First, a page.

The BQE is Still Crumbling

The Daily News has a piece by former City DOT Commissioner Ross Sandler, who describes in detail the ongoing process of corrosion that is weakening the supports of the cantilevered portion of the Brooklyn Queens Expressway and of the Brooklyn Heights Promenade above it. As we reported a year ago, an expert panel appointed by the mayor, on which Mr. Sandler served, recommended that repairs to the highway begin immediately, and that they be done in a way, as Mr. Sandler is quoted as saying, that would “avoid encroaching on Brooklyn Bridge Park or the homes of Brooklyn Heights.”

Now the Brooklyn Paper reports that Mayor De Blasio

revealed that city will resume planning for a long-term fix to the crumbling Brooklyn-Queens Expressway in the coming weeks, after a year of radio silence from officials regarding the beleaguered roadway.

The Brooklyn Paper story quotes the mayor as saying he’s “hopeful for help from the feds under the new Democratic presidential administration of Joe Biden,” and praising the president’s appointment of former NYC Transportation Commissioner Polly Trottenberg as a Deputy Secretary of Transportation. The story also notes that the City DOT

has started some repair work on the 1.5-mile section between Atlantic Avenue and Sands Street the agency has jurisdiction over (the remaining stretches of the highway are run by the state), such as a fix to the wall at Hicks Street near Poplar Street, which started in October.

According to the Brooklyn Paper, “[a] spokesman for DOT did not return a request for information whether the agency had done any other work on the BQE since January 2020, or to reveal the city’s future plans.” As we noted here, in June 2020 some resurfacing work was done.

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  • B.

    So don’t cantilever it. Sink supports into Furman and lay strong horizontals beneath all the levels the way the FDR Drive is in spots.

  • Andrew Porter

    There have been a whole bunch of proposals and plans made; don’t revive the argument over what to do.

  • streeter

    What happened to ticketing oversize and overweight trucks? They were cited as a major contributor to the crumbling. I see the oversize 55’+ trucks every single day and they’re illegal on every single square inch of Brooklyn.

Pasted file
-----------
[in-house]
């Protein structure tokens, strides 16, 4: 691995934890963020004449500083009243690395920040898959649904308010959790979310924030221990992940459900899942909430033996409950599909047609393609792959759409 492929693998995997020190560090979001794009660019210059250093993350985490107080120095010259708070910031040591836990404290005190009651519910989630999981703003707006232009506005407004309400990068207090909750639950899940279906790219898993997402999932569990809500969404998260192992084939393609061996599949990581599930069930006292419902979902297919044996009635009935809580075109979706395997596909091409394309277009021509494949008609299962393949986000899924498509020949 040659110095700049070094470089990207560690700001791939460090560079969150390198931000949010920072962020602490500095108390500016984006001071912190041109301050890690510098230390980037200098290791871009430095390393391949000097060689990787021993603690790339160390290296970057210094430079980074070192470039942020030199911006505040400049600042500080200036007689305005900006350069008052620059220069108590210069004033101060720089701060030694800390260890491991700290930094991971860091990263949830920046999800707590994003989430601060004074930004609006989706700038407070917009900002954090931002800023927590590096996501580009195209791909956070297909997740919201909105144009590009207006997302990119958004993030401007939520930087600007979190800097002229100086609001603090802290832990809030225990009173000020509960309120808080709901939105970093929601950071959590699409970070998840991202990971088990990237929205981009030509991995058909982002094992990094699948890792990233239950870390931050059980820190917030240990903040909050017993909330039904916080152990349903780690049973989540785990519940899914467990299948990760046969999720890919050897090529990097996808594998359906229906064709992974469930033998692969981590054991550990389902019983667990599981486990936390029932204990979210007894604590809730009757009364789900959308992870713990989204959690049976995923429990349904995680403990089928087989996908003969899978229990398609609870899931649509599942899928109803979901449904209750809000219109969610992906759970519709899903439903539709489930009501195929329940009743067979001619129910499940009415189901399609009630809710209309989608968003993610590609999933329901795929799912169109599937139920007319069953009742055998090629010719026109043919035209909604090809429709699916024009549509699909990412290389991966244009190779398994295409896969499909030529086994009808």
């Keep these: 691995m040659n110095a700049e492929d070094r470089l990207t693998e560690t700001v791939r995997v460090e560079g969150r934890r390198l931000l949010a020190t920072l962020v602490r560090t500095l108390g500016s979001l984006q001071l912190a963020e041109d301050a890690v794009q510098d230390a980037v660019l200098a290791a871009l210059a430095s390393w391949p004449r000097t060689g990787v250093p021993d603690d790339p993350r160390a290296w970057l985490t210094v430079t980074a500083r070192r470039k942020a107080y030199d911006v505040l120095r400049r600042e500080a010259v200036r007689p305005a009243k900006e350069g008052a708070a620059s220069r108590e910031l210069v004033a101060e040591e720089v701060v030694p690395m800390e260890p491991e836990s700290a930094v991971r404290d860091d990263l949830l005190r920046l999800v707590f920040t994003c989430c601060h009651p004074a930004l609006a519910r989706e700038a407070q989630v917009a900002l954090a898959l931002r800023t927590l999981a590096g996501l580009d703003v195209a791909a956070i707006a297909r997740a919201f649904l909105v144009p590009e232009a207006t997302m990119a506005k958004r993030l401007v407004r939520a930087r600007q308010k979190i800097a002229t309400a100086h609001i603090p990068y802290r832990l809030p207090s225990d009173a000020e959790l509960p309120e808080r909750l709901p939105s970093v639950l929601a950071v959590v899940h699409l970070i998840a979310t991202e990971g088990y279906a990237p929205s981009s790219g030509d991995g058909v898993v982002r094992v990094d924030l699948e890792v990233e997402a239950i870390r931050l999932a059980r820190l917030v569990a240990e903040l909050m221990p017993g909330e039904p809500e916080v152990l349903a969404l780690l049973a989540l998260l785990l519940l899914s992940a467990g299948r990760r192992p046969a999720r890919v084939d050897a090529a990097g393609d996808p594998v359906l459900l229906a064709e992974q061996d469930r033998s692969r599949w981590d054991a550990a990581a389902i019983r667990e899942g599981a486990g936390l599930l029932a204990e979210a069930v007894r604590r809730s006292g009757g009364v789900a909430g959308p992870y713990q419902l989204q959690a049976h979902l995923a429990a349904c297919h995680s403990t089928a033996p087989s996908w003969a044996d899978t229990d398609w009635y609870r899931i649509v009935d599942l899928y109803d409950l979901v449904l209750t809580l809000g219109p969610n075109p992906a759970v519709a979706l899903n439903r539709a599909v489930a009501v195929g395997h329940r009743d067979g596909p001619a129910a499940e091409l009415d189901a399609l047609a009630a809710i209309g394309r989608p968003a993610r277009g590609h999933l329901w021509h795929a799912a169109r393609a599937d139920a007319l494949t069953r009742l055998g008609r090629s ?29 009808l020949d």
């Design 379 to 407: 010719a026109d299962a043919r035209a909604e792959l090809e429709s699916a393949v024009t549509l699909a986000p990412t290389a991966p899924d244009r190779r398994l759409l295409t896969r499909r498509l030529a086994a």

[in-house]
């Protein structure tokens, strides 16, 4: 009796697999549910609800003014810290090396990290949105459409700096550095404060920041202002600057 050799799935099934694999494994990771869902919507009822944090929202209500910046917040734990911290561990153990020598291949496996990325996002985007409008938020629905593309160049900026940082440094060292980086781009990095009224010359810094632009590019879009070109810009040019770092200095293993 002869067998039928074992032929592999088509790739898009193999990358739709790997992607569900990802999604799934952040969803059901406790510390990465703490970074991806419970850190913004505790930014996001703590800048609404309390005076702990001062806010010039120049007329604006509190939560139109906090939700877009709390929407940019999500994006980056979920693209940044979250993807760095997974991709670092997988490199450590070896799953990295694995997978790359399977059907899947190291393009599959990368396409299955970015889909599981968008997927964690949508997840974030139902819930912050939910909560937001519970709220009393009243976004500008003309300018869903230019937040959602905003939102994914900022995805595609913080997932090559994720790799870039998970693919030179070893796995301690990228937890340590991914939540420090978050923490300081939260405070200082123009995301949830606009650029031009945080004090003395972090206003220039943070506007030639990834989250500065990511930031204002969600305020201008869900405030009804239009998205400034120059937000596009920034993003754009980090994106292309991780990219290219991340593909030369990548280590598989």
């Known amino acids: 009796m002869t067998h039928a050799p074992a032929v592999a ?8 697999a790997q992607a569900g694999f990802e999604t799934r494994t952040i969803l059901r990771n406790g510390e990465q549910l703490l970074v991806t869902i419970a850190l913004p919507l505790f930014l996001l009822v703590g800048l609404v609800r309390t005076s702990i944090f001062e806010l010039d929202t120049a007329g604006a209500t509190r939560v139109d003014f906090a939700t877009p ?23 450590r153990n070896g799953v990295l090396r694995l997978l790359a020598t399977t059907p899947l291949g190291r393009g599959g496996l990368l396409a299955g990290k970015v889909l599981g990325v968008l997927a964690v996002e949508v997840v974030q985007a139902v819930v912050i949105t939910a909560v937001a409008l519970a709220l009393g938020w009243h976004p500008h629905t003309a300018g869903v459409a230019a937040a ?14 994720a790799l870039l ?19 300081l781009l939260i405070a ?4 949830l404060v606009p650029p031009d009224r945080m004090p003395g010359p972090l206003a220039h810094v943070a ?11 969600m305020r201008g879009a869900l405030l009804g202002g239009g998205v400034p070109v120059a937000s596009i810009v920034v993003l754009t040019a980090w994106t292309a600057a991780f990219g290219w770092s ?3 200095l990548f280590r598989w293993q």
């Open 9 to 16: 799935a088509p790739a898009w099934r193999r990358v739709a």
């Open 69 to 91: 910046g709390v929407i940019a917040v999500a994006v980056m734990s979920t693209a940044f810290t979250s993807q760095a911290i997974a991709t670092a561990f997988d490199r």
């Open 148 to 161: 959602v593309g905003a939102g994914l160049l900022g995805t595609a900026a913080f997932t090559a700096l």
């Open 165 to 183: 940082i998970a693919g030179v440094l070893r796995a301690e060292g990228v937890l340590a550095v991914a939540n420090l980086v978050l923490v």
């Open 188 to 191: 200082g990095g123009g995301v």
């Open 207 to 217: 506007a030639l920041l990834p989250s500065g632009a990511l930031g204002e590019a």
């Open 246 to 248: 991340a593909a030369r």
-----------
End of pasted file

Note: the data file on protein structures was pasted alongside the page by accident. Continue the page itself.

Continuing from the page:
• B.

    None particularly good.

  • Nomcebo Manzini

    Really simple, all this. Leaving aside how very awful deBlasio has been – start to it-can’t-come-soon-enough finish – the final year of a talentless Mayoral administration … with the incumbent having no future at all, with the City all but out of money but unwilling to even think about coping mechanisms, … nothing is going to happen pre-election – short of some disaster happening there … or money raining down on NYC as miraculously as anything in the Bible. The Mayor did an artful kick-the-can, so I’m not sure there was time enough even ex-Covid to attempt to figure out which of the contending forces could deliver votes and/or money.

    The cabal which dominates posting on this board would argue otherwise, but those who think cars and trucks are dead or even dying aren’t thinking straight. Going forward, the constraints (financial, governmental [State buy-in], lack-of-consensus) all but dictate a band-aid approach. Infrastructure projects are right up there with income inequality. For all that almost everyone agrees that they demand attention, other things will likely demand that much more convincingly. Last, Biden-Harris have enshrined racial equity and environmental awareness as cornerstone values. It’s too easy for the latter to be used to derail any big project that makes driving more likely. (No logic there, because idling is far worse, but the “optics” of hwy projects are simply terrible until/unless electric cars are much more plentiful.